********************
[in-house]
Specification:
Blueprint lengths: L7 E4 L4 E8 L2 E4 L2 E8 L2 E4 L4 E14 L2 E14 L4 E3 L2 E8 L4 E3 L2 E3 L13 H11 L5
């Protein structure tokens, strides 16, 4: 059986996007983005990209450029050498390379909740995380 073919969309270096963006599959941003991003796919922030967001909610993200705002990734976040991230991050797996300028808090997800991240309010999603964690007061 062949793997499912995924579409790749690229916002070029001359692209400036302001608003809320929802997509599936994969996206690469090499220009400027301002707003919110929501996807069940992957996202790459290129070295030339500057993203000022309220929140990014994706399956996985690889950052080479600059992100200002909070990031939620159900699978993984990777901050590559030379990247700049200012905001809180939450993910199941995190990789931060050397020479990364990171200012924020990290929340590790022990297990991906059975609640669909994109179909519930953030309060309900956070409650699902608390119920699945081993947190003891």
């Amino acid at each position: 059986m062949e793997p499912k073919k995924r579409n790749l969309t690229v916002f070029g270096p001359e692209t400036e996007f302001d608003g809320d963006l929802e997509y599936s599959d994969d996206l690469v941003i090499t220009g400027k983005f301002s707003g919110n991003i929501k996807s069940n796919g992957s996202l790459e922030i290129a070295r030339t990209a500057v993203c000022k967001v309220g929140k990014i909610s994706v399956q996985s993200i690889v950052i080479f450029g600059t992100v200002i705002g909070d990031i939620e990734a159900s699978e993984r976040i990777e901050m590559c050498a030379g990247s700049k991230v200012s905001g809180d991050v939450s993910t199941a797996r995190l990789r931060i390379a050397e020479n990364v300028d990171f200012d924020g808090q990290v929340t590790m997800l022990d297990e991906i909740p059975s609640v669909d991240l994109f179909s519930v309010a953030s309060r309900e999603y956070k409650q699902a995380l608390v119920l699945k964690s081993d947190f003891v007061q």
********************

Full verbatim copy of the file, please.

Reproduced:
[in-house]
Specification:
Blueprint lengths: L7 E4 L4 E8 L2 E4 L2 E8 L2 E4 L4 E14 L2 E14 L4 E3 L2 E8 L4 E3 L2 E3 L13 H11 L5
């Protein structure tokens, strides 16, 4: 059986996007983005990209450029050498390379909740995380 073919969309270096963006599959941003991003796919922030967001909610993200705002990734976040991230991050797996300028808090997800991240309010999603964690007061 062949793997499912995924579409790749690229916002070029001359692209400036302001608003809320929802997509599936994969996206690469090499220009400027301002707003919110929501996807069940992957996202790459290129070295030339500057993203000022309220929140990014994706399956996985690889950052080479600059992100200002909070990031939620159900699978993984990777901050590559030379990247700049200012905001809180939450993910199941995190990789931060050397020479990364990171200012924020990290929340590790022990297990991906059975609640669909994109179909519930953030309060309900956070409650699902608390119920699945081993947190003891």
């Amino acid at each position: 059986m062949e793997p499912k073919k995924r579409n790749l969309t690229v916002f070029g270096p001359e692209t400036e996007f302001d608003g809320d963006l929802e997509y599936s599959d994969d996206l690469v941003i090499t220009g400027k983005f301002s707003g919110n991003i929501k996807s069940n796919g992957s996202l790459e922030i290129a070295r030339t990209a500057v993203c000022k967001v309220g929140k990014i909610s994706v399956q996985s993200i690889v950052i080479f450029g600059t992100v200002i705002g909070d990031i939620e990734a159900s699978e993984r976040i990777e901050m590559c050498a030379g990247s700049k991230v200012s905001g809180d991050v939450s993910t199941a797996r995190l990789r931060i390379a050397e020479n990364v300028d990171f200012d924020g808090q990290v929340t590790m997800l022990d297990e991906i909740p059975s609640v669909d991240l994109f179909s519930v309010a953030s309060r309900e999603y956070k409650q699902a995380l608390v119920l699945k964690s081993d947190f003891v007061q």